Video Lesson: Learn by Following an Average Rider

Here’s a video of me commenting while following an average rider through a twisty road. I point out the rider’s body position, cornering lines and throttle timing, and comment on how he could do better. Notice his mid-corner adjustments. This is an indication of several cornering problems that are correctable. This is the sort of cornering detail we work on during on-street training where student hear my comments in real-time using Bluetooth communicators. If you’re in the Northeast, consider signing up for a private training day or a group training tour. I bet I can help you with your cornering.


I have a lot of other videos on my YouTube channel.

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Ken is author of "Motorcycling the Right Way” and "Riding in the Zone" (book and blog). He is also the "Street Savvy" columnist for Motorcyclist Magazine, and former longtime author of the Proficient Motorcycling and Street Strategies columns for Motorcycle Consumer News. Ken is Lead Instructor for Tony's Track Days, a 20 year Motorcycle Safety Foundation instructor, and owner of Riding in the Zone Motorcyclist Training.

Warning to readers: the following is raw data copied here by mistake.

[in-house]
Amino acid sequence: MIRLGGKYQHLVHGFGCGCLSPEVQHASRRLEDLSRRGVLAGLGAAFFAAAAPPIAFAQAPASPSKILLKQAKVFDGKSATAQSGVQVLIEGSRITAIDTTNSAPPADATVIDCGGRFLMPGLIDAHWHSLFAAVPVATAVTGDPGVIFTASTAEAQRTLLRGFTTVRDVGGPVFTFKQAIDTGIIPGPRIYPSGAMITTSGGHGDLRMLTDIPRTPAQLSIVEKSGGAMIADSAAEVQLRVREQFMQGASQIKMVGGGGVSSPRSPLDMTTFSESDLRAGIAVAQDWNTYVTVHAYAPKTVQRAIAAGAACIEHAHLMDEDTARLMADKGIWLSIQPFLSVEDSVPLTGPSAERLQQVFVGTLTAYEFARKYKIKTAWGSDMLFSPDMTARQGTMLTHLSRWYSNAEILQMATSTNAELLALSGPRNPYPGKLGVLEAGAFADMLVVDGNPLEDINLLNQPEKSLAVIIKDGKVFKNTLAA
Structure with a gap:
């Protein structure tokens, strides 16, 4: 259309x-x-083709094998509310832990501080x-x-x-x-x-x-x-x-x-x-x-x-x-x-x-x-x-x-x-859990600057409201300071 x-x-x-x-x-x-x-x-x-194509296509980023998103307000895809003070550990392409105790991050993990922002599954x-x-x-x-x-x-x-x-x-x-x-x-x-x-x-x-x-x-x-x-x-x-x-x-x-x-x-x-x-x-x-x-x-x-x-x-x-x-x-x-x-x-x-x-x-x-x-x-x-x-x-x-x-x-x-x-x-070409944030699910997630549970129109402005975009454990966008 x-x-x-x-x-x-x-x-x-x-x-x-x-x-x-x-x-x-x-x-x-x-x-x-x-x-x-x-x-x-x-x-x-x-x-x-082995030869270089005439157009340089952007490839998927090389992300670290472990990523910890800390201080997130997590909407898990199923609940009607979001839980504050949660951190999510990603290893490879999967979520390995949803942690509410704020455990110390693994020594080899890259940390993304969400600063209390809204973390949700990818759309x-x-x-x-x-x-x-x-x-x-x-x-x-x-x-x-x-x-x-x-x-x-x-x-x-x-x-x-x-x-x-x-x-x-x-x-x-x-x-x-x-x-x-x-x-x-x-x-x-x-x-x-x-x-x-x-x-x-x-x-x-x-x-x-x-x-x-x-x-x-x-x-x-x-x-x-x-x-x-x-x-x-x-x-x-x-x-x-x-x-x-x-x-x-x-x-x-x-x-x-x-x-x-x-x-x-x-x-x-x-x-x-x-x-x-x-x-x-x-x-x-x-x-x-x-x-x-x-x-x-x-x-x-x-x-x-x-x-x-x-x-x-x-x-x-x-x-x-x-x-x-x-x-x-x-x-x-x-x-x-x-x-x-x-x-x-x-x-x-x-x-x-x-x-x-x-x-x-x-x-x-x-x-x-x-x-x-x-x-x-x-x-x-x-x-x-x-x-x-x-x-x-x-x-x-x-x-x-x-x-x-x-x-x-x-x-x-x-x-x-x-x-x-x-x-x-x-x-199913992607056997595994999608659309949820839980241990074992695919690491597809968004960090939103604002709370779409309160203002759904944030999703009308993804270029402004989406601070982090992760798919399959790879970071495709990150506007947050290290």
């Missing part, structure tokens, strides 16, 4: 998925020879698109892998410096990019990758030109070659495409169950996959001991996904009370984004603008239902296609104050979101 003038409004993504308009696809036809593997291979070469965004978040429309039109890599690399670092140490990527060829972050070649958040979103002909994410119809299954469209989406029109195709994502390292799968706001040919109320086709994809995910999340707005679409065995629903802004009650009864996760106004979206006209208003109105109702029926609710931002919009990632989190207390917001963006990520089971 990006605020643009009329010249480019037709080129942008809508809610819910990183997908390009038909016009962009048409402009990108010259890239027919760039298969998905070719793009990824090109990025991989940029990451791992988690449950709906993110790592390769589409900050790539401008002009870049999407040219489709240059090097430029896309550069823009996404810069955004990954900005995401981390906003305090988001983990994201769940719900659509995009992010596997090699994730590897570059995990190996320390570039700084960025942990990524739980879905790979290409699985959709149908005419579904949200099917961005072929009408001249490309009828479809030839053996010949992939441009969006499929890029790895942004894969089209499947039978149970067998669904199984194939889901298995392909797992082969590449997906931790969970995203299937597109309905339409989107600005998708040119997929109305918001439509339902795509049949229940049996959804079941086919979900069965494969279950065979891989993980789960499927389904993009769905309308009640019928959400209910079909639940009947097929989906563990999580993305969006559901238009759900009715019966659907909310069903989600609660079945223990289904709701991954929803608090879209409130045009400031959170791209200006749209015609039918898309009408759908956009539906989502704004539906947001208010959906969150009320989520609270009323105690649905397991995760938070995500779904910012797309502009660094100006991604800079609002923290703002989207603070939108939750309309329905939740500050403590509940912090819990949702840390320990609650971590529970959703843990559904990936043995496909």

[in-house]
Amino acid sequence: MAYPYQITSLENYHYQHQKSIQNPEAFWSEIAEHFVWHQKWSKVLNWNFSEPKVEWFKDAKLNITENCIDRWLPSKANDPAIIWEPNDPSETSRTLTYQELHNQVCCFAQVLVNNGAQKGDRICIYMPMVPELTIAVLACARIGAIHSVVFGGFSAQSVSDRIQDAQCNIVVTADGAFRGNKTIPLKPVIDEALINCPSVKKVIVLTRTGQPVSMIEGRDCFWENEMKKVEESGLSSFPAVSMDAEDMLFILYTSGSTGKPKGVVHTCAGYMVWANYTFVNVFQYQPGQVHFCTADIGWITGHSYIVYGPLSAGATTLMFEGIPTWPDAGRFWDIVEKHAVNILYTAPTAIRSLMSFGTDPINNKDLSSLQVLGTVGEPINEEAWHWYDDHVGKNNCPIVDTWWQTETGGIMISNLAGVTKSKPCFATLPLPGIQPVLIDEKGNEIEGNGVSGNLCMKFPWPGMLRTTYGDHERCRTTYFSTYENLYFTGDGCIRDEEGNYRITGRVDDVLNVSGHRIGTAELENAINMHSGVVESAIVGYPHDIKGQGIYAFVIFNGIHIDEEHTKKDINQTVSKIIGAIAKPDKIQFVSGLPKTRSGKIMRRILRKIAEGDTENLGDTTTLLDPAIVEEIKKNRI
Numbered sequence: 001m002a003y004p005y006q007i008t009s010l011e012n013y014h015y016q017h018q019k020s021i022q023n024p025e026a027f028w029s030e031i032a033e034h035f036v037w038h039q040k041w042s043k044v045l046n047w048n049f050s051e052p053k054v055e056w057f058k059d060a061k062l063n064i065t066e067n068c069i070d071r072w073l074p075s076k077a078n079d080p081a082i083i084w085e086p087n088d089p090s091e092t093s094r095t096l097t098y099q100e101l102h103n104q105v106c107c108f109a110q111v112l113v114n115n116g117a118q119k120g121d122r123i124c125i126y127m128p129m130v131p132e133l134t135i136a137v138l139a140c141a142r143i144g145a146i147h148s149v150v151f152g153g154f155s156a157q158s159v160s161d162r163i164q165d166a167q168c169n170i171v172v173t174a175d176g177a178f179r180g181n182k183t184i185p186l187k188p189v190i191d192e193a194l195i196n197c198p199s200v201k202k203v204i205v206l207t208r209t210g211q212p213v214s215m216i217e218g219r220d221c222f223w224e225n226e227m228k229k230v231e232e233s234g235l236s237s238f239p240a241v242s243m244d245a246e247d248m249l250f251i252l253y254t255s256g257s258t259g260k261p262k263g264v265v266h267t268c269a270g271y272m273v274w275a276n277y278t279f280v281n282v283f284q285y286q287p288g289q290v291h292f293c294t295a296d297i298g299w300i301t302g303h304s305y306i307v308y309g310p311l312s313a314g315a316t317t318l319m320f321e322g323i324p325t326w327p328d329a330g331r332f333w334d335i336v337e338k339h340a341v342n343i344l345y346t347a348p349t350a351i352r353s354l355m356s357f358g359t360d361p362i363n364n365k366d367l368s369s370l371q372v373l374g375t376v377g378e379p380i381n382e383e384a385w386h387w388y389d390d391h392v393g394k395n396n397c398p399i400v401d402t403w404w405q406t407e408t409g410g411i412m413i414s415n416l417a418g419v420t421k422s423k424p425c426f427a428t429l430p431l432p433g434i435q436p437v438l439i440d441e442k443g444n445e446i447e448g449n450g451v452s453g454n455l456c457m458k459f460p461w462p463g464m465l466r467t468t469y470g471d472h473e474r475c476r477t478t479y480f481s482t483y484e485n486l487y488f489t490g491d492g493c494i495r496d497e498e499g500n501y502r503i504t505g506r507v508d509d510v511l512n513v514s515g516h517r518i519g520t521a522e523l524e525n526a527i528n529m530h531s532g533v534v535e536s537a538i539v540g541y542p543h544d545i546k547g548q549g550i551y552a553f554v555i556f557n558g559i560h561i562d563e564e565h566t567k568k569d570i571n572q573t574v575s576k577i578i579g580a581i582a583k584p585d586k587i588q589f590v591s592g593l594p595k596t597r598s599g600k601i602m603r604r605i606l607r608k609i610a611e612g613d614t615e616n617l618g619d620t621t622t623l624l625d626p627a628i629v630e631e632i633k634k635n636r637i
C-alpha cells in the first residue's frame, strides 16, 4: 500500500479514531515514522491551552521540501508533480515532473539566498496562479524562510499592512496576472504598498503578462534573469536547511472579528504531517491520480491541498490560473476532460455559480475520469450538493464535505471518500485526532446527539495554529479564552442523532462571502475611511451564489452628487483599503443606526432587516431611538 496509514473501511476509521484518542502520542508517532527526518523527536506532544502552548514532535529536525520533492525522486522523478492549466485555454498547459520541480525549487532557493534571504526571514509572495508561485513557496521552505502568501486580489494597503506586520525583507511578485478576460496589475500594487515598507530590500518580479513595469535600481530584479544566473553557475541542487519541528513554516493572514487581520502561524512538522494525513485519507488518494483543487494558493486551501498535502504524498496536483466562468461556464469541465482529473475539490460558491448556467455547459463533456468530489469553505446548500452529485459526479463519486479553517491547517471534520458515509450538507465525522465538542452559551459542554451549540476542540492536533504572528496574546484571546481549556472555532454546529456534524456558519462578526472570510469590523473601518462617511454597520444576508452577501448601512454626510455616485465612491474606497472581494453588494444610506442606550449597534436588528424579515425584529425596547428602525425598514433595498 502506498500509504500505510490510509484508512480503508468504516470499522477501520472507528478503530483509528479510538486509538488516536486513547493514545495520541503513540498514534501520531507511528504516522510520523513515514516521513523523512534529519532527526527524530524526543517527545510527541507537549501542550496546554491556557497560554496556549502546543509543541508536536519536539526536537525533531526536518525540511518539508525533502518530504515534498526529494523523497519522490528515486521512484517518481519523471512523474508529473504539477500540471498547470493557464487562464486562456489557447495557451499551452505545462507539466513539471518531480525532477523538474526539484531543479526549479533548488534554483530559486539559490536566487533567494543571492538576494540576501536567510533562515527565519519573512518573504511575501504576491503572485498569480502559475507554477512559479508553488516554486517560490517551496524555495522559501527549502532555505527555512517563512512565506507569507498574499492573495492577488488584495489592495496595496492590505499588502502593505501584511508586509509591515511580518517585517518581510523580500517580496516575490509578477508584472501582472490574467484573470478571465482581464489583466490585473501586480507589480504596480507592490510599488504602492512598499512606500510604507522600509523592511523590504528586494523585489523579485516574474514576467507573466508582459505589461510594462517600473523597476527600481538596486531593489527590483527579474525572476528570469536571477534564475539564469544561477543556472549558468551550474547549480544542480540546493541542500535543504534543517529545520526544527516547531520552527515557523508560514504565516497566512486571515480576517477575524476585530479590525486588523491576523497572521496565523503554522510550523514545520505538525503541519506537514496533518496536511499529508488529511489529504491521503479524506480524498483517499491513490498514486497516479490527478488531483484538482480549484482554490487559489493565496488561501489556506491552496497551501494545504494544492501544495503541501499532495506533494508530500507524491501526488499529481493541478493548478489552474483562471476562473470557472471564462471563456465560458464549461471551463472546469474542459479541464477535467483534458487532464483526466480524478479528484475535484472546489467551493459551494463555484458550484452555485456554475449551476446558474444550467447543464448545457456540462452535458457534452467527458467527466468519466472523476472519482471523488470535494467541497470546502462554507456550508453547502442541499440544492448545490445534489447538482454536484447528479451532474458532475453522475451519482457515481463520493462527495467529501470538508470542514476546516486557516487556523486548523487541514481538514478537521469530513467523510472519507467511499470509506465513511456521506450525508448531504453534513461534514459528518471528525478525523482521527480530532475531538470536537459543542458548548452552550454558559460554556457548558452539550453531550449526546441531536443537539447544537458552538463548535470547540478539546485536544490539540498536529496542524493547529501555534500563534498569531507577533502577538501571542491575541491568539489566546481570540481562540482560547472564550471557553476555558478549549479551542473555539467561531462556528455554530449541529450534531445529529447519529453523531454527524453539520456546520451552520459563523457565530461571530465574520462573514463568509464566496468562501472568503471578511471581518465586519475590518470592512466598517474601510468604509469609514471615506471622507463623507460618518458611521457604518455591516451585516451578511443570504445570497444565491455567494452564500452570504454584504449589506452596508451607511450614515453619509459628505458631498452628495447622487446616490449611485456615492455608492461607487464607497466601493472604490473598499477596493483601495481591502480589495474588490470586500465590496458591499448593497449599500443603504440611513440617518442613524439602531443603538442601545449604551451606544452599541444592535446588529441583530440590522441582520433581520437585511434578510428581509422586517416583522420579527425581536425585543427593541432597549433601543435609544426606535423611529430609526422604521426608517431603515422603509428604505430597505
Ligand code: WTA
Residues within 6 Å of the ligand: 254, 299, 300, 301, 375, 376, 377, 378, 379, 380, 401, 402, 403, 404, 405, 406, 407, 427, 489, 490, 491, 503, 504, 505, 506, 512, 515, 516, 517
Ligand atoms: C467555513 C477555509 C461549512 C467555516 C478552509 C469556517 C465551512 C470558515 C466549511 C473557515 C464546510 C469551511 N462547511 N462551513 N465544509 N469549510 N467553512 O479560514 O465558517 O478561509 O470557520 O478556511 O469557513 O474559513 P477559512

Posted in All Things Motorcycle, Motorcycle Safety, New Rider Zone, Riding Technique & Tips, Video Tagged with: , , , , ,
2 comments on “Video Lesson: Learn by Following an Average Rider
  1. Great breakdown of what he rider could do to improve his riding. As you said he is likely just “out for a cruise” but even when I’m doing the same, I’m always thinking about what I can work on during the ride. “Am I looking deep into my turns, am I being as smooth as I can as I use the brake and throttle, etc.
    His body position is very upright to the point of counter-weighting like you stated. Bringing your upper body to the inside not only makes it easier to get your lean in, but it also reduces the amount of needed lean for the bike to complete the turn. This has the effect of giving you more ground clearance which in turn allows for more correction mid-turn (if needed) and is just safer overall when you have ample clearance. Cruisers and touring bikes often need all the clearance they can get on a twisty road.
    You’ve called him an average rider, and I would agree. I’ve seen better, but I have unfortunately seen worse too.

  2. Mark says:


    I really appreciated this post; I would enjoy seeing another one in which the rider you’re following is moving along at a brisker clip on twistier roads.

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